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Watch Out for ATM Fraud
-January, 2011

 

Back in your grandfather's day, withdrawing cash from a bank usually involved contact with a real person. Back then, criminals had to be very bold. They entered a financial institution — Bonnie and Clyde style — and demanded cash at the point of a gun. Or they tunneled into the bank after hours and blew a hole in the vault.

Of course, desperate crooks still rob banks. But nowadays, automated teller machines, or ATMs,
have provided new opportunities for criminals, often at less risk. Make no mistake: ATM theft is big business. In 2008, one survey found that financial institutions lost on average over $744,000 to ATM fraud, and some banks lost as much as $12 million.

 

Crooks employ various methods to commit ATM fraud. Of course, there's the brute-force scenario: The criminal attaches a chain to the machine, drags it down the street behind a truck, finds an out-of-the-way spot, and opens the safe with explosives. But this type of scheme carries significant risks. Police might be slightly suspicious of a truck pulling an ATM machine down Main Street! Also, banks are doing a better job of securing their machines these days and may even install ink dye systems to render stolen currency useless.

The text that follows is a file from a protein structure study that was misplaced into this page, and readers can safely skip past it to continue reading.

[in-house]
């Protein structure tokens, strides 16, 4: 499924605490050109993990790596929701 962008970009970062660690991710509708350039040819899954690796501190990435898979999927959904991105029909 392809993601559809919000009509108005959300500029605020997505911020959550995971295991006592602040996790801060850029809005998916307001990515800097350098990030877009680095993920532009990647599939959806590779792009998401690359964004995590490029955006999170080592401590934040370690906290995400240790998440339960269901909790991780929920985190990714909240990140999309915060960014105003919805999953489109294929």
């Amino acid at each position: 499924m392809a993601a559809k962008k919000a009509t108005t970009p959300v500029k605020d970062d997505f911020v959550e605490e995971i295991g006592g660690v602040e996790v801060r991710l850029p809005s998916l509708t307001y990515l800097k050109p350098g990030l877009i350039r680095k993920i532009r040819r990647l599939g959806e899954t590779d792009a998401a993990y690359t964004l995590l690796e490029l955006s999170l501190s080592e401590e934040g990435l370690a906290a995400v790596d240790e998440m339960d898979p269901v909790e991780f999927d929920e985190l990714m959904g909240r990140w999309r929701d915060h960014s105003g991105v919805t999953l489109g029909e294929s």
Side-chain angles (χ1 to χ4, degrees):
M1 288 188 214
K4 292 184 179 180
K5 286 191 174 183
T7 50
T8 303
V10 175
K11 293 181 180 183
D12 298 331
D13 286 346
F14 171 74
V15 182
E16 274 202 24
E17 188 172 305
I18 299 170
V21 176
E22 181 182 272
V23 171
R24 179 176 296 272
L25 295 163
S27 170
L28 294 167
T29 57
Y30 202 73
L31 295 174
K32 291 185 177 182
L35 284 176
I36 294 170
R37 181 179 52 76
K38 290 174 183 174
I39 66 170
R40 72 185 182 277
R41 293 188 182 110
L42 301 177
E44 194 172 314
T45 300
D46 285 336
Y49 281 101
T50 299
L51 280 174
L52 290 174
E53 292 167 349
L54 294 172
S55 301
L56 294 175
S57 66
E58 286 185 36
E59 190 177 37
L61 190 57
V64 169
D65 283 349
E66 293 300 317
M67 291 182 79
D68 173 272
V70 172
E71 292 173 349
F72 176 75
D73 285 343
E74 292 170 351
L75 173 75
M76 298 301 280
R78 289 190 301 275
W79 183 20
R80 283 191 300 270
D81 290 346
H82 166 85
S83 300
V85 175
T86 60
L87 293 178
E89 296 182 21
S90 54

A more common scenario is the use of "skimmers." These are legitimate-looking devices that fit over existing ATM hardware. They're used to capture account numbers and verification codes from the magnetic strips on bank cards. Card "trapping" has also proved lucrative. In this scenario, a device is placed directly over the ATM's card reader slot. The device retains the card after a customer inserts it, then a "helpful" Samaritan shows up and suggests that the customer enter his or her personal identification number (PIN) to get the card back. The thief observes entry of the PIN number, and later retrieves the card and withdraws cash from the ATM machine.

How can you protect yourself from ATM fraud?

  • Use ATMs that are located in highly visible, well-traveled areas.
  • Scrutinize the ATM machine before using it. Note any visual clues of tampering.
  • Use your hand or body to shield entry of your PIN.
  • Regularly review your bank statements for unusual charges, and follow up immediately if something looks wrong.